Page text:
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Area Professionals Who Are Leaders in Their Industries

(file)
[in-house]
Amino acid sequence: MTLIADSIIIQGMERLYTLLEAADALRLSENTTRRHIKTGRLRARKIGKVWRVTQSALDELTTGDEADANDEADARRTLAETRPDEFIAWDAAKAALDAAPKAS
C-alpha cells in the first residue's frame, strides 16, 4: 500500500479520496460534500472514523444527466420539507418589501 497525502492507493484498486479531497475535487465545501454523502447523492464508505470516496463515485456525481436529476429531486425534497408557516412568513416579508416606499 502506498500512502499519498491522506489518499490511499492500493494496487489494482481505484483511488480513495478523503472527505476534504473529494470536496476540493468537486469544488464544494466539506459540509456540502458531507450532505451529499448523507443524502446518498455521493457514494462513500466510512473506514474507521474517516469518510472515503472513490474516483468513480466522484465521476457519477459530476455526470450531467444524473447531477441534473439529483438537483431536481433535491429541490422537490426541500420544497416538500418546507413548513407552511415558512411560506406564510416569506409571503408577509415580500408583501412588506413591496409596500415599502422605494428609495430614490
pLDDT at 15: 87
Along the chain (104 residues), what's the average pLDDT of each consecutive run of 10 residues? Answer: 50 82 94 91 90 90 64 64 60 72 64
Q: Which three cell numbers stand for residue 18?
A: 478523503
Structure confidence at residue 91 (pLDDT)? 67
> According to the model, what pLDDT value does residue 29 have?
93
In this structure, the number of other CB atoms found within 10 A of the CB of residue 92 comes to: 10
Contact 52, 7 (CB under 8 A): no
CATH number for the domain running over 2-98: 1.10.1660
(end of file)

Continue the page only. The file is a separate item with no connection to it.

Area Professionals Who Are Leaders in Their Industries Ryan Addis Chief Operating Officer Western Pacific Mortgage Corp. Woodland Hills When Ryan Addis joined Western Pacific Mortgage Corp. in January 2002, the company was writing about $2 million a month in funding. Today, Western Pacific is funding about $15 million in loans a month. Addis concedes that he can’t take all the credit the company’s fortunes have risen in part as a result of the low interest rate environment which has driven the market for home loans and refinancing. At the same time, Addis has helped Western Pacific capture a larger share of that burgeoning market by implementing a business model that adds a number of financial services to the company’s mortgage lending practice. “He is mainly responsible for our growth,” said Larry P. Merton, the company’s founder and president. “I was doing my own loans, and he came in with a lot of fresh ideas and a vision of what the company should be and we worked towards that.” Among the services Addis introduced are an in-house law firm, escrow company, a financial analyst to assist clients and an insurance department. “The classic example is I have great credit and go to a bank and get a 30-year loan,” Addis said. “The loan officer never asks how long I would be in the house, and if it’s just five years, I can get a much better loan rate. We can build a comprehensive financial solution rather than order taking and throwing out misleading interest rates.” Since Addis, who was recently named chief operations officer, joined the company, Western Pacific has grown from a five-person operation to a company of 40 staffers. The next step, he says, is to develop relationships with Realtors and developers in the commercial real estate market. “We’re trying to position ourselves for the (coming) increase in interest rates,” said Addis. Shelly Garcia Stella Balasanian Agent Prudential John Aaroe Sherman Oaks Seven years after coming to the San Fernando Valley from her native Iran, Stella Balasanian got into the real estate business. She was 20 years old. Balasanian moved to Prudential John Aaroe in April 2002 after several years with Coldwell Banker in Burbank. She has consistently been one of the office’s top performing agents, specializing in the Valley’s multi-family dwelling market. Her colleagues say she has earned a reputation for being a fierce negotiator with a take-no-prisoners approach to closing deals in record time. “I have to say, I have never met anyone more professional or more honest,” said Debbie Jaeschke, a broker with Prudential’s Studio City office. “I think Stella exemplifies who and what a realtor should be because she’s an excellent negotiator with an incredible focus on the market and her clients’ needs.” Jacqueline Fox Jay Belson Real Estate Broker and Agency Owner Re/Max on the Boulevard Sherman Oaks At 18, Jay Belson already knew what he would be doing the rest of his life selling real estate. It was a brief meeting with a savvy Philadelphia real estate agent that got Belson interested in the business. “He took one look at me and my long hair, earring and cowboy boots and said “you might want to rethink the hair and the earrings. The boots are alright,” Belson recalled. From 1979 until 1986, Belson sold real estate in his native Philadelphia before coming to California and joining Jerry Berns and Associates in 1986. By 1988 he joined Mike Glickman Realty and later Jon Douglas Co. before starting his own firm, Re/Max On The Boulevard, in 1992. Over the past decade, the company has grown steadily even through the difficult period following the 1994 Northridge earthquake. “I opened in 1992, smack in the middle of the worst recession in recent history,” he recalled. “About 14 months later, the Northridge quake hit. It was the best training in the world for owning a business.” Today, the company operates five offices in the Valley with more than 300 agents. The company’s fast growth and performance earned Belson the Re/Max “Broker/Owner of the Year Award” for California and Hawaii. Belson’s firm was also named the Re/Max top commercial real estate operation in the country. Belson’s efforts have also led the firm and its employees to donate their time and efforts on behalf of the Children’s Miracle Network, and scores of other charity and community organizations like End Autism Now and the Susan G. Komen Race for the Cure. Carlos Martinez Margarita Billings Owner Encino Escrow Encino Margarita Billings, a native of Cuba, launched Encino Escrow in 1984. The company recently merged with Southland Title Corp., one of the largest independently owned and operated title agencies in the country with roughly 500 employees. Billings serves as escrow administrator and oversaw roughly 500 escrow transactions in 2002, a record year for the firm. She also served as the California Escrow Association’s director to the American Escrow Association from 1999 to 2001 and is the incoming president of the California Escrow Association. “Margarita handles roughly 90 percent of our business,” said Brian Hatkoff, president of Chatsworth-based Hatkoff Investments, which buys and sells both commercial and residential properties throughout the region. “I’ve worked with her for about 15 years and, is often the case, as a broker you are forced to use an escrow company you wouldn’t normally use, which is how she came to us. But she knew the inner workings of the entire system and knew how to deal with issues that came up and how to resolve them quickly. A lot of times she has the knowledge that brokers do not have, so she has become an invaluable resource for us on many levels.” Jacqueline Fox Gene Bleecker Owner First Southwestern Title Santa Clarita Gene Bleecker began his career in the title industry in 1985 as an account executive in the Santa Clarita Valley, becoming No. 1 in residential market share for the region his first year. He joined as CEO of the Santa Clarita office of Pasadena-based First Southwestern Title in 2002, which currently averages roughly 33 percent of the local market share. Bleecker is also the founder of the CMA Group in Santa Clarita, considered the largest independent association for real estate professionals in Southern California. Bleecker has served on the Santa Clarita Board of Realtors as chairman of the affiliate committee since 2000 and has been the recipient of the association’s affiliate of the year award. “Gene is probably one of the most liked and copied in his industry,” said Neal Weichel, a real estate broker with Re/Max of Valencia. “He’s been my title representative for a good seven or eight years and he is by far the most cutting edge representative to work with when it comes to helping Realtors grow their business. The laws keep his pricing the same as anyone else, but what he does is he offers value-added services that help you as a Realtor do more transactions. “For example, because the industry is very busy right now he’s willing to have preliminary title reports done in advance of a sale, which helps expedite the entire process. This tells you in advance of a sale what the issues or problems with the property are. So, what I mean when I say he’s on the cutting edge, is that he’s always looking for and offering us new ways to grow.” Jacqueline Fox Susan Brown President Dan E. Levine Executive Vice President Celebrity Escrow Corp. Northridge Not long ago, Celebrity Escrow Corp. was asked to handle a transaction that involved mother and daughter co-owners. The daughter lived out of the area; the mother was in a convalescent home. The courts were involved, power of attorney needed to be assigned and paperwork multiplied exponentially, all for a sale that amounted to a mere $145,000. “It went on for a year and most escrow companies would have given up,” said Bruce Hiltermann, a realtor with Re/Max Olson & Associates in Northridge. “Sue stayed with it and guided it through the legalese. There was so much involved and Sue never dropped the ball for a second, and that just doesn’t happen (in the industry).” Sue Brown, who is president, and her brother, Dan E. Levine, who is executive vice president of Celebrity, have been pulling off the unexpected for a loyal following of realtors and clients since 1980 when they opened the company in Northridge. Brown, who had clocked eight years in the business prior to forming the company, personally oversees the escrows. Levine handles the business and marketing side. He came up with the name, “celebrity,” as a result of his previous background managing bands in the 1960s and because “it lends itself to good promotion,” Levine said. Others say it is also descriptive of the kind of special, celebrity-like attention clients receive. The partners take pains to write the escrow in language that is easy to understand, and, if clients have questions, they deliver explanations patiently. “I never want anything leaving the office that I would be embarrassed to have a judge rule on,” said Levine. “It’s like health care. If it’s not stated in a way that’s understandable, you can change the path of that person’s health for eternity.” Shelly Garcia Barry Burnett Broker/Owner Barry Burnett Realty Burbank Like most brokers, Barry Burnett, owner of Barry Burnett Realty in Burbank, has been too busy to come up for air lately. But unlike others, Burnett has also put as much time into efforts to promote and shape the industry as he has into the growth and development of his own business. Presidential liaison for the California Association of Realtors, a former state chairman of the association’s legislative arm and a past president of the Burbank Association of Realtors, Burnett has also written and developed real estate courses for Cal State University Northridge. “I’ve known Barry for almost 30 years, and he is an incredible example of someone who is of the utmost professionalism,” said Minnie Lush, a Realtor who is currently president of the Burbank Association of Realtors, and an author and lecturer on real estate. Burnett, who was the youngest state director for the California Association of Realtors, has been influential in shaping a lot of legislation that revolves around private property rights in the state. He also helped to integrate the Burbank association into the multiple listing service of the San Fernando Valley, which greatly enhanced the opportunities available to Burbank brokers, Lush said. For Burnett, who formed his agency in 1978 and now oversees a full service company with 16 agents, the crux of the business lies with matching the needs of clients to his own operating style. That often includes turning down potential clients he does not think are a good fit. “Mine’s not a one-time business,” said Burnett. “I live on referrals. If I’m dealing with people that are unhappy, then I’ll starve to death.” Shelly Garcia Tom Carnahan Broker and Owner Carnahan & Associates Tom Carnahan is a testament to why word of mouth is so important in the real estate business. In the industry since 1975, Carnahan can boast a 90 percent repeat and referral business over all those years. “When you do a good job, they want to come back to you and they send their friends,” Carnahan says. “It’s also a lot easier to keep your business going that way.” Carnahan comes from a real estate tradition. His father, Joe Carnahan, was one of the owners of Paul-White-Carnahan Realty, a chain of real estate offices that operated in the Valley from 1946 to 1980 and where the younger Carnahan got his start. He has received several awards throughout his career and has also served in several industry leadership posts including a current term as president of the Southland Regional Association of Realtors. Carnahan has developed a reputation as a tough negotiator within the industry. “He’s very fair,” said Laurie Singer, a Realtor who has worked with Carnahan for the last eight years and is currently his office manager. “He’s exceptionally knowledgeable about the industry in general in addition to selling residential real estate.” Carnahan is a member of the board of directors of the National Association of Realtors and the California Association of Realtors. At age 28, he was the youngest director of the National Association of Realtors. Active in the community, Carnahan does everything from delivering Thanksgiving turkeys to the homebound, making regular visits to the elderly and is involved with the Muscular Dystrophy Foundation, American Diabetes Association and Boy Scouts of America. Jason Schaff Lisa Chase Associate Manager Coldwell Banker, Studio City West Lisa Chase launched her career with Coldwell Banker in 1990, one of the most turbulent years for the real estate industry. But she hit the ground running and hasn’t slowed since, consistently ranking among her Studio City office’s top-producing agents for the last 12 years. In 1999 she was promoted to associate manager and is a member of Coldwell Banker’s prestigious Presidents Circle, a designation for the firm’s top 5 percent of sales associates across the country. Chase’s year-to-date sales have exceeded $23 million, and she is the second highest performing agent for the firm’s Southern Californian market. “I think Lisa has an amazing way of knowing what the right property for a client is,” said Mary Deckebach, senior managing director, First Republic Bank in Century City. “I’ve known her for nearly 20 years and I know her clients consistently say that the is dedicated and reliable. She has a really good intuitive sense of how to match the client with the property, which is very important, because clients don’t want to be dragged around to a bunch of properties that aren’t ever going to get their attention.” Chase, who specializes in the San Fernando Valley, Hollywood Hills and Mulholland Corridor, says roughly 99 percent of her business today comes from repeat referrals. From 1998 to 2000 Chase served on the grievance committee for the San Fernando Valley Association of Realtors and she is chairwoman of her office’s “Summer Spruce Up” campaign, which helps low-income homeowners beautify their properties. Jacqueline Fox Ana Maria Colon Real Estate Broker/Owner Rocking Horse Realty Inc. San Fernando When Ana Maria Colon’s parents were trying to buy their first home in the early 1970s, they couldn’t speak a word of English and they couldn’t find a Realtor who spoke Spanish. After Colon found herself translating for her parents throughout every step of the transaction she realized there was a significant need for brokers in the Northwest Valley who could speak Spanish in order to serve the Hispanic market more efficiently. Colon obtained her real estate license and bought Rocking Horse Realty Inc. in San Fernando in 1985. She and her 16 employees serve all of the San Fernando Valley, but specialize in helping Spanish-speaking residents in the Northwest region buy their first homes. The company handled roughly $11 million in transactions in 2002. “A lot of our Hispanic clients don’t have good credit so we specialize in finding them lending programs that use alternative forms of credit, and we have built the business on a strong word of mouth because everyone wanted to come to the lady who speaks Spanish,” said Colon, a native of Mexico. “Primarily what she does is she takes the time to talk to people, and she is always very patient with her clients and very professional,” said Ed Garcia, senior loan officer and former owner of North Valley Funding in Mission Hills. “I’ve worked with her for 28 years and I can tell you that she has managed to make things much easier in this portion of the Valley for first-time and Spanish-speaking homeowners. “Something she does is you can buy a home from her and come back in a year, or two or three, and she will know who you are and she will take the time to take care of you and not charge you,” said Garcia. “She considers every one of her clients clients for life.” Jacqueline Fox David Cronenbold Jr. CEO and President Southland Title Co. Burbank Spending the early part of his professional life with other title firms, David Cronenbold Jr. knew he could build a strong independent title company if he put his mind to it. By 1979, Cronenbold did just that. Starting with a handful of staffers and a lot of know-how, he established Southland Title Co. “When we opened our doors, we hit a strong real estate cycle where everything was selling,” he said. Born in La Paz, Bolivia, Cronenbold graduated from Agoura High School and later, UCLA before embarking on his career. “From ’84 to ’87, we had another strong market and we took advantage and bought a couple of companies and grew even faster,” he said. Today, Cronenbold’s firm employs more than 700 people in its Burbank corporate headquarters and 16 other branches in Los Angeles, Ventura, San Diego, San Bernardino and Riverside counties. By focusing on residential resales and staying away from other segments like hard money lending, the company has grown steadily and overcome difficult periods while competitors went by the wayside. “We’ve tried to be innovative by being the first company open past six o’clock and being open on Saturdays and Sundays and allowing clients to access their accounts 24 hours a day,” he said. Craig Peskind, president of Stoneridge Escrow Inc., credits Cronenbold’s business acumen for his company’s success. “He’s a great communicator and is very shrewd when it comes to business,” Peskind said. But for Cronenbold, his people are the ones who make the company succeed. “We keep investing in human resources and in the right people and it’s paying off,” he said. Carlos Martinez Aaron Des Marais Loan Officer APR Mortgage Inc. Northridge Here’s what one broker had to say about Aaron Des Marais, a loan officer for APR Mortgage Inc. in Northridge: “The average loan officer closes about 70 percent of their loan attempts. And he’s closed 100 percent,” said Barry Burnett, Realtor and owner of Barry Burnett Realty in Burbank. If the acid test for a mortgage lender is coming through with a loan for a potential homebuyer, Des Marais passes with flying colors. A 15-year real estate veteran, he has worked in the mortgage banking sector for 11 years, the past eight of those with APR. Des Marais’s seasoning presumably helps him to achieve that close ratio. But his success can also be traced to a rather unusual approach in the mortgage banking industry. While others tend to take on all potential clients, hoping to find a way to assist those with credit problems or other obstacles to getting loan approval, Des Marais turns away clients if he knows he can’t deliver for them. “When somebody comes to me for a loan, you analyze it as fast as you can, and figure out if it fits,” Des Marais said. “If it doesn’t feel like it’s going to fly, I kill the deal off right away.” Not that Des Marais won’t go to bat for a client. Burnett notes that he’s gone so far as to speak directly with a client’s employer or roll his sleeves up and restructure a client’s debts. But what he won’t do is make promises he can’t keep. As a result, by Des Marais’s estimates he handles between five and 10 loans a month, a relatively small number. “But I close all of them,” he said. “That’s the catch.” Shelly Garcia Doreen Freeman Escrow Officer L.A. Escrow Express Tarzana Doreen Freeman is a true veteran of the greater San Fernando Valley escrow industry. In the business for 42 years, Freeman is considered one of its leaders a professional who clients and colleagues go to when they can’t find answers to those hard questions or when the escrow gets extremely complicated. In fact, she has a lifetime credential to teach real estate, most recently teaching an escrow class at Pierce College in Woodland Hills. “I’m a 24-year-veteran and there isn’t a lot I don’t know. But when I have a gap in my knowledge, she can fill it in,” said Michael Fidler, owner of Valleywide Lending and Help-U-Sell, both in Northridge. “She thrives on problems and gets them solved,” Fidler said. Freeman started her career in 1961 as a tract escrow officer at the old Brighton Built Homes in Beverly Hills. Freeman said that before she took the job she didn’t even know what an escrow was. “I said what’s that and how do you spell it,” she said recalling that she later learned to love the business. Over the years, Freeman worked for several companies such as the Larwin Group Cos., Valley Federal Savings, Enterprise Escrow and S & S; Escrow. But things have never been as busy for Freeman as they are these days with the Valley home sales frenzy fueling a huge boost in business at L.A. Escrow Express, where she is manager of a four-person office that processes 60 to 75 escrows a month. Freeman said 16-hour days are not uncommon. Insistent on returning all phone calls, Freeman is known by clients and colleagues for her patience and thorough approach to the escrow process, which can be a nervous time for first-time homebuyers who have a lot of money invested in the transaction. She says some of her job consists of simply being aware of this emotional response and calming down clients when needed. “People’s dreams and desires are in our hands,” she says. “I’m the caption of the ship to get the escrow closed.” Jason Schaff Harry Geozian President Chase Financial Corp. Granada Hills Ask Harry Geozian about his marketing strategy for Chase Financial Corp., and he will tell you simply that it’s the loans his company writes. “When you do a loan, you literally have a walking billboard,” said the president and owner of Chase, a Granada Hills-based mortgage company. By that measure, Geozian has been advertising for 15 years, first at his former company, Century Home Loans, and, since 1995, with Chase. By his count, Geozian figures he closes about 17 to 20 loans a month, about 25 percent of those for repeat customers. Some of his clients started working with him when they were purchasing their first condominium and have more recently returned to finance multi-million-dollar home purchases. “Whether a client is buying a $100,000 home or a $1 million home, you’re going to get the same level of service,” said Geozian. Expediency is only one element. Brokers like Geozian have to be able to seal the loan, even when there are problems. “He anticipates problems before they arise,” said Carolyn Schneider, an agent with Miller & DeSatnik, who said she won’t deal with anyone else when it comes to her single family and two-or four-family home sales. “He’s extremely knowledgeable and can direct clients to programs to best suit their needs and personal financial situation. And if there are any types of clouds, he will actually do the work to resolve those problems.” Geozian, who estimates that he closes about 90 percent of the loans he opens, says technology helps mortgage lenders to shore up their close ratios, but concern for clients plays an equally important part in the process. “It takes a lot of time to look for a house,” he said. “I’m both aware of people’s time, and I’m also concerned about the emotions involved in buying a home.” Shelly Garcia Minnie Lush Instructor, Author, Realtor, M. Cunningham Realtor Burbank It is said that those who can, do, and those who can’t, teach. Minnie Lush is the exception to that rule. A practicing Realtor at M. Cunningham Realtor in Burbank, Lush has also for the past 25 years taught and lectured at colleges, universities and Professional Realty Institute, the National Association of Realtor’s graduate training program. Author of two widely used texts on real estate California Real Estate Exam Guide and California Real Estate Finance, which she co-authored, Lush is the current president of the Burbank Association of Realtors and a director of the California Board of Realtors. She also sits on the board of the Burbank Housing Corporation, an agency that works to create affordable housing for low- and moderate-income tenants. So far, the agency has helped 109 families to obtain low cost housing through its renovation efforts in Burbank. “She cares about people. She knows her job and she is able to give that magic blend of learning the principles behind real estate and being able to demonstrate those vocational skills,” said Buck Stapleton, a professor in the Los Angeles Community College district and state coordinator for the Graduate Realtor Institute who oversees about 160 instructors. “I would give everything if I had more instructors like her.” Stapleton took one of Lush’s classes back in 1978 when he was fresh out of law school, and he invited Lush to join the faculty back when he joined Los Angeles City College. Lush, who has been selected to train the instructors for the NAR’s programs, said her work in the real estate community and as an educator is simply part of her personal philosophy. “A philosophy I’ve had for a long time is if you earn your living in a certain community, you really must give back to that community,” she said, “and that has always inspired me.” Shelly Garcia Raquel Magro Real Estate Agent Pinnacle Estate Properties Mission Hills Raquel Magro wasn’t always a real estate agent. She owned her own beauty salon and cut hair for a living in Van Nuys. “Then somebody approached me about being a real estate agent and I got interested,” she recalled. Even as she took a real estate course, Magro continued to cut hair and later began to sell real estate. “I got hooked on it and I’ve been doing it ever since,” she said. Having gotten her start at Valley View Realty in Mission Hills in 1989, Magro moved on to Pinnacle Estate Properties in 1994 just as the foreclosure market began in earnest after the Northridge earthquake. With male agents mostly handling foreclosures, Magro overcame resistance from customers who at first balked at a female agent. “That just made me want to do the deal more,” she said. One of her most memorable deals came shortly after she started in real estate. She was charged with finding two homes side by side for a developer planning to build an apartment complex. “It was literally going door-to-door to find the right property for this project,” she recalled. Eventually, a deal was struck, but not before months passed with Magro nearly exhausted from the search. Today, she continues to be her office’s top seller with 125 homes sold last year with even more projected for this year. With real estate occupying much of her day, Magro still finds time to take in stray dogs for the dog rescue group, Last Chance for Animals, while chairing for the last three years, the non-profit Spondylitis Association’s Valley chapter, which supports those suffering from curvature of the spine. Carlos Martinez Andrew Manning Real Estate Agent Prudential John Aaroe Sherman Oaks A million dollars just doesn’t go as far as it used to in San Fernando Valley real estate. Just ask Andrew Manning. Manning handles estate properties for Prudential John Aaroe, mostly in the Hollywood Hills and the southern reaches of the Valley. Before the huge run-up in real estate prices in recent years, a million dollars was considered an estate but now Manning says that classification is reserved for properties $1.5 million and above. But despite the pricey atmosphere, Manning is one of the area’s best producers when it comes to real estate sales. Last year, he was the No. 1 agent for Prudential California Realty in the San Fernando Valley in terms of sales. He’s also ranked in Prudential California Realty’s PREA 100, which consists of the top 100 agents out of the company’s 43,000 agents in the United States and Canada. Although known as a top seller, Manning is also known in the industry for his attentiveness to clients, who some of the time are very demanding. With the market in a frenzy, he now has four people working on his team out of Prudential’s Sherman Oaks office. “You just have to delegate,” he said. “My goal is to return calls within 24 hours.” Manning has been interested in real estate, architecture and design ever since he was a teenager growing up in Sherman Oaks and Tarzana. He began working full-time in real estate in 1986, just as the market began its upswing and he right away became one of the top producers. “During my first five years in the business I attended every real estate seminar that was ever created,” Manning said. As hectic as the current real estate market is, Manning said he tries to keep his clients’ hopes from getting too inflated as prices soar. Some agents these days, he said, “overpromise and underdeliver.” Although he concentrates on estates, Manning said he still markets condos and other lower-priced properties. “From Condos to Castles” is his marketing slogan. Jason Schaff Rich Miehl Title Officer Stewart Title of California Glendale Rich Miehl enjoys a good challenge, so when business at his office at Stewart Title of California began to increase a few years ago, he simply worked harder and built a team to handle the increasing workload. “It’s never about me or any one person, but about the team we have here,” said Miehl, whose team handles 1,400 orders a month. “When I got started, it was crazy if we did 500 orders a month that’s how much things have changed. Having started out at Chicago Title Co. in 1987, Miehl was challenged by the research and law elements of the work. He later moved to Stewart Title where he helped the company move past a difficult economy marred by high interest rates and declining business. “I felt that we had to really focus on our relationships with customers and lenders and work as hard as you can,” he said. “It made you realize how important customer service is.” Despite the 1995 recession, business continued to grow steadily as the late ’90s economic boom took hold, further growing the business. Today, amid the refinancing boom that’s been ongoing for three years, Miehl has continued to see growth from not only Valley clients, but those in the San Gabriel Valley, Orange County and even San Diego County. Born and raised in Valley Village, Miehl still makes his home near there with his wife and four children. “This year my youngest had a brain tumor, but it’s all gone now so we count our blessings,” Miehl said. “But I’ve been very fortunate to have a great family.” Carlos Martinez Joyce Riskas Real Estate Agent Dilbeck Realtors GMAC Woodland Hills Just a few years after becoming a real estate agent, Joyce Riskas has become the top seller of Dilbeck Realtors GMAC’s Woodland Hills office. It wasn’t that long ago that Riskas was a housewife who decided to take on the challenges and rewards of selling real estate. By learning the ropes from her veteran colleagues and others, Riskas has gone on to sell scores of homes of all sizes from tiny one-bedroom startups to a $6.5 million, 28,000 square foot home recently. “I’m pretty steady and every year, I seem to do better than the year before,” she said. Although Riskas says selling multi-million-dollar homes is always exciting, her most memorable deal involved a small cottage for a modest price. “He was a first time buyer and the guy was in heaven when he got the keys to his house,” she recalled. “He was great throughout the process and he was so happy in the end that he sent me an autographed picture of him at his house.” But to Riskas, each deal is as important as the next. “The small deals aren’t any easier to close than the big ones because these days you’re dealing with sophisticated buyers,” she said. As a top agent, Riskas was named Associate of the Year in 2000 by the San Fernando Valley Chapter of the Southland Regional Association of Realtors. She has also become an organizer of that group’s annual golf tournament and is the current president of the San Fernando Valley Chapter of the Women’s Council of Realtors. “She is very unique for a real estate agent,” said Greg Nierenberg, a mortgage banker with Irwin Mortgage who often works with Riskas. “She’s very diligent and knows every detail of every deal she is working on and she never stops trying for the customer.” Carlos Martinez Cheryl Shields Co-owner, Escrow Officer J.C. Shields Escrows Inc. Newhall It didn’t take long for J.C. Shields Escrows Inc. to start producing. Since opening its doors in January 2003 with three family members, the Newhall-based company has already hired three additional employees to handle the business coming through the door. Admittedly, part of that surge can be traced to the real estate market, but a good measure is also due to the company’s co-owner, Cheryl Shields. “The red hot market does have a lot to do with it, but in this town, it’s hard to get people to come over,” Shields said. “I think we’ve razzle-dazzled them mainly because we’re nice.” Escrow companies get their clients through real estate agent- and lender referrals, but each job offers the opportunity to attract another referral source the agents for the other side of the negotiation. “The real estate agents and lenders that had to come over here because someone else picked us ended up staying with us,” said Shields. Shields launched the company with her brother Jamie after deciding that she no longer wanted to make the commute to the San Fernando Valley where she worked at Celebrity Escrow Corp. for 10 years. She shaped the company from her own personality. “People absolutely love her,” said Dan E. Levine, the executive vice president of Celebrity Escrow. “She’s made of the earth. She looks after everybody and she’s very qualified.” Phones are answered on the second ring by a ‘live’ person. There is no voice mail. The fridge is stocked with soda and cookies offered up to clients who come to sign loan documents. “We’re family owned and managed and we make everybody feel like family when they come in here,” said Shields. “So that’s our secret, besides being honest.” Shelly Garcia Alan and Stephanie Shotsky Agents Coldwell Banker Calabasas Six years ago Alan and Stephanie Shotsky were in the coffee vending business in Connecticut. But keeping a promise he made to his wife, Alan Shotsky agreed to a move to the West Coast in 1997. Stephanie took a position with a property management firm, which required her to get her real estate license, and Alan, who did not have a position lined up, decided to join her. “We were a team before we moved here and I decided why not go to school with her,” he said. Alan got his license and went to work for Fred Sands Realty in Calabasas and Stephanie came on board a year later. The company is now owned by Coldwell Banker. The couple jointly represent the West San Fernando and Conejo valleys, with sales exceeding $10 million in 2002. “I think what sets us apart is the great personalized service we offer,” said Alan Shotsky. “We have literally shown a property to a husband, videotaped the showing and delivered the tape to his wife in a hospital bed downtown so she could be included.” Jacqueline Fox Nancy Troxell Real Estate Agent Re/Max of Santa Clarita Santa Clarita Back in her college days, Nancy Troxell knew she wanted to work with people in a job that not only would challenge her, but would be one she would love. It didn’t take long for the Valley native to turn her attention to real estate after graduating from Cal State Northridge. “When I started selling real estate, the market was really negative and it really challenged you to make deals when there were so few of them to be had,” she said. Despite the rough economy of the mid to late 1980s, Troxell learned to put together deals well at Re/Max of Santa Clarita. Through hard work, patience and persistence, the then 24-year-old Troxell began to produce sales with increasing regularity. Becoming one of her office’s top producers, Troxell continue to improve even as the Northridge earthquake put a damper on sales during much of 1994 and 1995. “We had a recession after that and it just made me try harder and work as much as I could,” she said. With other agents in her office pressing as well, her office overcame the difficult economic climate of the time and continued to grow. Today, Troxell continues her busy sales activity while focusing on her family and especially on her two children, Drew and Sydney. Her activities include membership in the city of Santa Clarita’s Executive Advisory Committee on Realtors and Private Owners and volunteers for that city’s various community and sports programs. Carlos Martinez Stephanie Vitacco Realtor/Vice President Coldwell Banker North Valley Regional Office Northridge When Stephanie Vitacco started in the industry at age 21 in 1986, the real estate market was red hot so hot, in fact, that when she went to colleagues for help in learning the ropes, everyone was too busy to give her the time of day. But this is a woman who’d been selling everything from Girl Scout cookies to magazines since she was a young girl, so she was determined to dig in. Things changed dramatically, however, just a few short years later when the bottom fell out of the market, sending housing prices tumbling. But instead of abandoning the industry, as many Realtors and agents did, she set out to tackle it and, since 1993 has been the top selling broker of all of Coldwell Banker’s roughly 3,500 agents in the Greater Los Angeles area. Vitacco, recently named a vice president for the North Valley Regional office in Northridge, handled roughly 180 transactions in 2002. She’s averaged about one closed sale every three days since 2000. “I was able to thrive in the down market during the mid-1990s because I wasn’t afraid to work hard,” said Vitacco. “When my own clients couldn’t sell their homes I went after the lender market because the banks had all these repossessed properties on their hands and I knew they had to sell them. So I started cultivating the banking industry, as well as the people by providing a very high level of service. It was a market when people needed a lot more hand holding and I was willing to do that.” “She’s not just a broker, she’s become a very creative marketing expert,” said Jeannette Kester, vice president, trust office for First Regional Bank in Century City. “She happens to understand trust and estate properties that many brokers don’t. And so when we have an estate or trust property in the Valley to sell, she handles it for us. She makes the process very easy and she does whatever it takes to make the process comfortable. She’s even returned calls to me in the middle of the night or will call me while she’s out walking her dog to tell me she’s had an idea.” Jacqueline Fox Mel Wilson Realtor/Broker Re/Max on the Boulevard Woodland Hills Mel Wilson probably has more name recognition outside the real estate industry than most professionals in his field. A candidate last year for mayor of the San Fernando Valley city in the failed secession bid, Wilson has also been on several local and state boards and commissions having to do with a wide range of issues. His posts have included the California State University Northridge Advisory Board, California Physical Therapy Board, Los Angeles City Fire Department Commission and the Los Angeles County Metropolitan Transportation Authority. He’s also served as president of the United Chambers of Commerce and chairman of the Pacoima Enterprise Zone Advisory Commission. “Mel is one of the most well-respected and vocal members of the community and one of the most well-known Realtors,” said Jim Link, executive vice president of the Southland Regional Association of Realtors, of which Wilson served as president in 1997. “He carries a message that the elected officials respect.” Link said that Wilson’s community involvement brings clout and greater public exposure for the real estate industry. Wilson is a former National Football League player who was drafted by the New York Giants in 1976 and has been licensed to sell real estate for 25 years. Housing has been his passion and has kept him in the business all this time, he said. “I love helping people and helping them realize their dream,” Wilson said about his profession. “I’ve now sold to three generations of people.” He also does land use consulting which, he says, has become more important these days due to a shortage of housing in the area. Jason Schaff Daryl Wizelman President and Partner United Pacific Mortgage Tarzana As head of United Pacific Mortgage, Daryl Wizelman knows what it takes to make his company grow. It was just 13 years ago that the company was a two-person operation with lofty goals of someday becoming a major industry player. Today, Wizelman heads a staff of 230 people with sales of $1.3 billion last year from his Tarzana-based business. “The big change came going to mortgage banking from a retail shop,” said Wizelman, who sought to improve revenue by underwriting its own loans rather than merely brokering loans. By making their own loans the company had more control and flexibility with its customers. Wizelman’s move in 1993 allowed the company to better compete against competitors while at the same time improving its overall bottom line. “I don’t think anyone expected the refi boom to go on for three years and impact the business as it has,” he said. Today, the company’s small office has grown into a sprawling Tarzana corporate headquarters with six branches located in Pasadena, San Diego, Santa Clarita, Ventura, Westlake Village and West Los Angeles. But much of the company’s success comes from his ability to build a solid mortgage banking team. “If you have a lot of good people then you’re going to be successful because there’s no substitute for quality,” he said. “The first employee I hired 13 years ago is still here and so are some others and that’s a credit to the quality of people we have.” As for the future, Wizelman is optimistic about his company’s growth even as interest rates move upward. “The real estate market is getting strong and we’re continuing to build on that momentum.” Carlos Martinez